Moo Yea-Do Martial Arts Training Center
What is Moo Yea Do?

Literally translated to mean "The Way (or path) of Disciplne". Moo Yea Do is a martial art form created by its founder World Grandmaster 'Tiger' Yang in 1980. It is a synthesis of techniques useful today, but based in the principles of older art forms like Tae Kwon Do, Hap Ki Do, and Kungfu. Moo Yea Do emphasizes mental training with demanding physical training to acheive the union of the mind and body. Students that continue to train will become more healthy, disciplined, confident, and respectful. Through training, students begin to understand the potential that comes from a disciplined mind coupled with a strong body and healthy lifestyle.

Who is Tiger Yang?

Tiger Yang was born Song Yang in 1945. His father had an apple farm and a martial arts school at the foothills of South Korea's Shu San Mountains. Song's father Dong Yang was a good martial artist and his grandfather was even better. He stood 6-foot-1. People referred to him as "The General." Song started training at the very early age of 6. As he grew, he trained with 10 blood brothers at his father's studio, where they were ordered to do all kinds of things, such as chase rabbits they would never catch, jump over large boulders, and hit trees. Power of the mind was enhanced by standing under icy waterfalls for long periods of time. Often times as a disciplinary measure, he was required to hold buckets of water in the air for 30 minutes or more. Overtime, as the tough training progressed, Song found the power in his mind to overcome extreme difficulties. His dad called him Tiger. The nickname would stick.

After high school, Yang trained South Korean soldiers in martial arts. In the late '60s, he returned to Korea to finish his college education, getting a degree in political science.

In 1969, at the age of 24, Yang won the World Martial Arts Championship in Japan. The next year he defended his title in the Philippines. Later that year, he got an offer to go to Washington, D.C., to teach martial arts to CIA field agents. The job lasted six months, but to stay in the United States he finagled another job, teaching martial arts at the Chicago Police Academy.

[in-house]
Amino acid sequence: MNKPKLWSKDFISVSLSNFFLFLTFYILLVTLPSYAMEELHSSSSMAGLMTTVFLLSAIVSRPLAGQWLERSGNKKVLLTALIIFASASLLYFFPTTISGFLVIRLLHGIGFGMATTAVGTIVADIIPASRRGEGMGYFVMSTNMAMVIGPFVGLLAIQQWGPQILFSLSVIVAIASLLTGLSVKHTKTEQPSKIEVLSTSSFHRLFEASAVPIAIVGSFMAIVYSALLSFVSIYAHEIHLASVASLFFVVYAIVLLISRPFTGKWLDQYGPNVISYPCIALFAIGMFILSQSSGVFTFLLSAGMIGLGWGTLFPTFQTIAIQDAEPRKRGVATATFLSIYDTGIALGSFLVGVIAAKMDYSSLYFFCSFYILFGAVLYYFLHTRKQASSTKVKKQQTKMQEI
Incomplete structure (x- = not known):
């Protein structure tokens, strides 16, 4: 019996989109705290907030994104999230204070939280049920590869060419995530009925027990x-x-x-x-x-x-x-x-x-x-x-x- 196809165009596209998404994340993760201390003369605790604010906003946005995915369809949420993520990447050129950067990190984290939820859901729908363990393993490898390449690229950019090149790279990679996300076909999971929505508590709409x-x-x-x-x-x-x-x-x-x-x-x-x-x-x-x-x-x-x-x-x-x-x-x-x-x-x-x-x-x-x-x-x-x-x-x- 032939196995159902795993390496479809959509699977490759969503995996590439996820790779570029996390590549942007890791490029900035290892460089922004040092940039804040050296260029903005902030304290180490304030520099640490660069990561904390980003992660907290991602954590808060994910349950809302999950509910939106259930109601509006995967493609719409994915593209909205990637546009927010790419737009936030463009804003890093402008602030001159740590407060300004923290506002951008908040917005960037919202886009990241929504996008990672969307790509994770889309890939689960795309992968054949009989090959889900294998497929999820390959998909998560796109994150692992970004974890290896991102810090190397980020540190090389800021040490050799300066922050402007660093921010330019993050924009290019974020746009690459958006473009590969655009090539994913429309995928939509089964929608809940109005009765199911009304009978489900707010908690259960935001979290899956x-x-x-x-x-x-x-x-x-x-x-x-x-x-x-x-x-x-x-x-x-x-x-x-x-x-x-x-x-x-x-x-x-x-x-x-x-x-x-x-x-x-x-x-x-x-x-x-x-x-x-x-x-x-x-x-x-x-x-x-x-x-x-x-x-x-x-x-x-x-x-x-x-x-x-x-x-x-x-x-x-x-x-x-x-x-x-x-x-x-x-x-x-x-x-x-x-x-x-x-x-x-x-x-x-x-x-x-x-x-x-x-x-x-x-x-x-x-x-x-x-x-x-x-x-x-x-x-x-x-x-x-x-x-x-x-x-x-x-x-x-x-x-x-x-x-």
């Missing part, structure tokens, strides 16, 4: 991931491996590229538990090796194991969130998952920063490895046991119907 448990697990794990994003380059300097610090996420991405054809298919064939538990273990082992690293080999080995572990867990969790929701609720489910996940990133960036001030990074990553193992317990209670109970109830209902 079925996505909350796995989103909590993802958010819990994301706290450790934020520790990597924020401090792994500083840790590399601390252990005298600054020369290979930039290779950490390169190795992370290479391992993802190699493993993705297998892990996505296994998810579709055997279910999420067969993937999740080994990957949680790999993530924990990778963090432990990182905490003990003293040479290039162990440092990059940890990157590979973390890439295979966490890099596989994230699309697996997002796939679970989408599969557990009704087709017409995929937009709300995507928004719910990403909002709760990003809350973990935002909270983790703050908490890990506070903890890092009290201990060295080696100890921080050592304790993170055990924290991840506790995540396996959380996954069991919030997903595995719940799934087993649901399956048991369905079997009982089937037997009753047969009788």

Then, in 1972, he got a call from a Korean film studio in Hollywood and made the movie "California 90006." The following year, martial arts legend Bruce Lee died, and Golden Harvest films in Hong Kong was looking for replacements. They invited Tiger to Hong Kong and signed him up.

In 1975, in between making martial arts movies like "Warriors Two" (and palling around with Jackie Chan, who at that time was also making movies for Golden Harvest) Tiger took a job training Muhammad Ali to fight the Japanese wrestler Antonio Inoki.

To support himself in the United States, Yang opened a martial arts studio in Fullerton. "Kung Fu star opens shop, 152 sign up," a newspaper headline read. But Hollywood would again come knocking. Tiger made movies, into the 1990s, like "Little Mad Guy" and "Mission Kill Fast," .

Johnny Carson had Tiger on his show to break blocks of ice.

And you might remember on the early '80s TV show "That's Incredible" a guy picking up a 200-pound barbell - with his mouth. That was Tiger. He did a second "That's Incredible" where he pulled an 8-ton truck (with people hanging off it) by rope - again with his mouth.

In between making movies and having cars run over his hands for TV cameras, he married a woman named Sue Hee, had one son and developed his own style of martial arts that he calls Moo Yea Do. Today, 39 studios teach it, from Chicago to Pakistan.

Inside his studio, the walls are decorated with highlights of his life. Movie posters featuring him in mid karate chop cover the walls (he made 30 films in all) along with framed photos of him hobnobbing with Stephanie Powers, Ronald Reagan, Robert Wagoner, Ben Kingsley and other celebs. A framed document proclaims he has his 10th degree black belt (only a handful of people in the world can say that), elevating him to World Grand Master Tiger Yang.
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(714) 871-0972
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